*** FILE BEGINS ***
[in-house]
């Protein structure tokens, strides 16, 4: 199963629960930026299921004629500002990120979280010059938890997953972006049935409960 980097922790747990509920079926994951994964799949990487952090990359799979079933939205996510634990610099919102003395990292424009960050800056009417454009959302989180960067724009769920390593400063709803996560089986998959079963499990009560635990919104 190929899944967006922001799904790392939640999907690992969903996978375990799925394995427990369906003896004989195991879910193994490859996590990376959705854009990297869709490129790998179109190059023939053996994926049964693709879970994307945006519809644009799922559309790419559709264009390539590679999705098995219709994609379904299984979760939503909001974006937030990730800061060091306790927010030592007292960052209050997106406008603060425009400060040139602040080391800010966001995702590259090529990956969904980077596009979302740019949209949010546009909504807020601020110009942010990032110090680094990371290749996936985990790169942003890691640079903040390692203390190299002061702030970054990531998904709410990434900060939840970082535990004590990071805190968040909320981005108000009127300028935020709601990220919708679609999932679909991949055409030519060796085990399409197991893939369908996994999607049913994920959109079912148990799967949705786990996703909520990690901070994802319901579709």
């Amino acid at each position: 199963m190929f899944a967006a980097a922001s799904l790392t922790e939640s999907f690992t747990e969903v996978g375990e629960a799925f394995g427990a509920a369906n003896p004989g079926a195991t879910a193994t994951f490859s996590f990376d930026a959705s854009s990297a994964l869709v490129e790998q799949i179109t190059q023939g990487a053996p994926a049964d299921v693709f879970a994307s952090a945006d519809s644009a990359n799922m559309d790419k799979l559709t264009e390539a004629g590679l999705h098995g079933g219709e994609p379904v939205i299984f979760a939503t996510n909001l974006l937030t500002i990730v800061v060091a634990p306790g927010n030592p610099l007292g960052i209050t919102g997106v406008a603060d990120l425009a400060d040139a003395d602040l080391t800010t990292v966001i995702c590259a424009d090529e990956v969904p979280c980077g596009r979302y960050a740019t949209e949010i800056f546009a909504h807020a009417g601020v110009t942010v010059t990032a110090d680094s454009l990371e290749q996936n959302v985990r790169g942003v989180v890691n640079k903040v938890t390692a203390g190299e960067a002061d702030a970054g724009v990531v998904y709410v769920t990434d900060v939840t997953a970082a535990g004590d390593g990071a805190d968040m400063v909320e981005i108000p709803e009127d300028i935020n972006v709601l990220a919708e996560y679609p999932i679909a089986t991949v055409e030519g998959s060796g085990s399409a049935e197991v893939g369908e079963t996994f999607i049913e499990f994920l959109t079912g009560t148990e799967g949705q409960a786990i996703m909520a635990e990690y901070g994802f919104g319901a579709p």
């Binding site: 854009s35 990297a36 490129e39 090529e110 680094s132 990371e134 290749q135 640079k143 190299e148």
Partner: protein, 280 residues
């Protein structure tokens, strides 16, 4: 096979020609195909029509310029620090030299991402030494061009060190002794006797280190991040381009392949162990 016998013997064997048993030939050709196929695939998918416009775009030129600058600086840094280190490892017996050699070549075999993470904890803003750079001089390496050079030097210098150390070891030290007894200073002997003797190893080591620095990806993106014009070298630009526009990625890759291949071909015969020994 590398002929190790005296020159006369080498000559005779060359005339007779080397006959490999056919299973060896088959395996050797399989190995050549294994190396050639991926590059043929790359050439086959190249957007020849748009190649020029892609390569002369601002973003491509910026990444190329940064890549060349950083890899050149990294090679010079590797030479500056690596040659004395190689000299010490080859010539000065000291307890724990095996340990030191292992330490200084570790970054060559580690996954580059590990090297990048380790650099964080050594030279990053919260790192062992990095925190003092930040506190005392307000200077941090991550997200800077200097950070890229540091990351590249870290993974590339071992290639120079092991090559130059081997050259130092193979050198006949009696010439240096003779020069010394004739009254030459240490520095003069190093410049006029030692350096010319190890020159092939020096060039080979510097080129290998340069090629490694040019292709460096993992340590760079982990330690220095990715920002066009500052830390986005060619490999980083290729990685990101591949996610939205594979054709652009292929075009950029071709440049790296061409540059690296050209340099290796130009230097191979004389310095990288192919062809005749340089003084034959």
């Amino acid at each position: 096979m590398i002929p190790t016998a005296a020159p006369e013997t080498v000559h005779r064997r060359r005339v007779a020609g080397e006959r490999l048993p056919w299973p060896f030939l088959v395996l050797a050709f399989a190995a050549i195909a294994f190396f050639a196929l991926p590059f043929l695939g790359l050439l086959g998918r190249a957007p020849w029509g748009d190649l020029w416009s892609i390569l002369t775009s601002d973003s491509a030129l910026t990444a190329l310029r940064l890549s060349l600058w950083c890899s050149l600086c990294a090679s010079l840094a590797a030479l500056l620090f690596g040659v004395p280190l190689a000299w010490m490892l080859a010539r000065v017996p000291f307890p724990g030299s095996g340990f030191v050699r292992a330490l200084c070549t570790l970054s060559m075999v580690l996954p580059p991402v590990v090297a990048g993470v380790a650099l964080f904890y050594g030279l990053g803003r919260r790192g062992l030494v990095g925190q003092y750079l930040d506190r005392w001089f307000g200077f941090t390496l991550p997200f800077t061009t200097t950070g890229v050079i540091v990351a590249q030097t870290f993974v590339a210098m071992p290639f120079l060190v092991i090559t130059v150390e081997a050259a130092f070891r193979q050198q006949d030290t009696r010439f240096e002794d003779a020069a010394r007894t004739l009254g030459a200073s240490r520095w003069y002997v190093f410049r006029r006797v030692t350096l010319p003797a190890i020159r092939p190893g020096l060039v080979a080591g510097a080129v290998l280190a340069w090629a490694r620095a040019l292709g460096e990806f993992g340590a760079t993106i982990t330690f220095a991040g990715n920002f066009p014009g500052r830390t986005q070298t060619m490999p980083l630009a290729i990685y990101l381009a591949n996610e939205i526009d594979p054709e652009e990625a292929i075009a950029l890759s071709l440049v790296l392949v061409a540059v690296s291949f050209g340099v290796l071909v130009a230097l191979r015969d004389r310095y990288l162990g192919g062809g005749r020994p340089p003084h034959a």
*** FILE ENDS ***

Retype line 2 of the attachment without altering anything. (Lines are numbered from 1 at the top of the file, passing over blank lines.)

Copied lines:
């Protein structure tokens, strides 16, 4: 199963629960930026299921004629500002990120979280010059938890997953972006049935409960 980097922790747990509920079926994951994964799949990487952090990359799979079933939205996510634990610099919102003395990292424009960050800056009417454009959302989180960067724009769920390593400063709803996560089986998959079963499990009560635990919104 190929899944967006922001799904790392939640999907690992969903996978375990799925394995427990369906003896004989195991879910193994490859996590990376959705854009990297869709490129790998179109190059023939053996994926049964693709879970994307945006519809644009799922559309790419559709264009390539590679999705098995219709994609379904299984979760939503909001974006937030990730800061060091306790927010030592007292960052209050997106406008603060425009400060040139602040080391800010966001995702590259090529990956969904980077596009979302740019949209949010546009909504807020601020110009942010990032110090680094990371290749996936985990790169942003890691640079903040390692203390190299002061702030970054990531998904709410990434900060939840970082535990004590990071805190968040909320981005108000009127300028935020709601990220919708679609999932679909991949055409030519060796085990399409197991893939369908996994999607049913994920959109079912148990799967949705786990996703909520990690901070994802319901579709």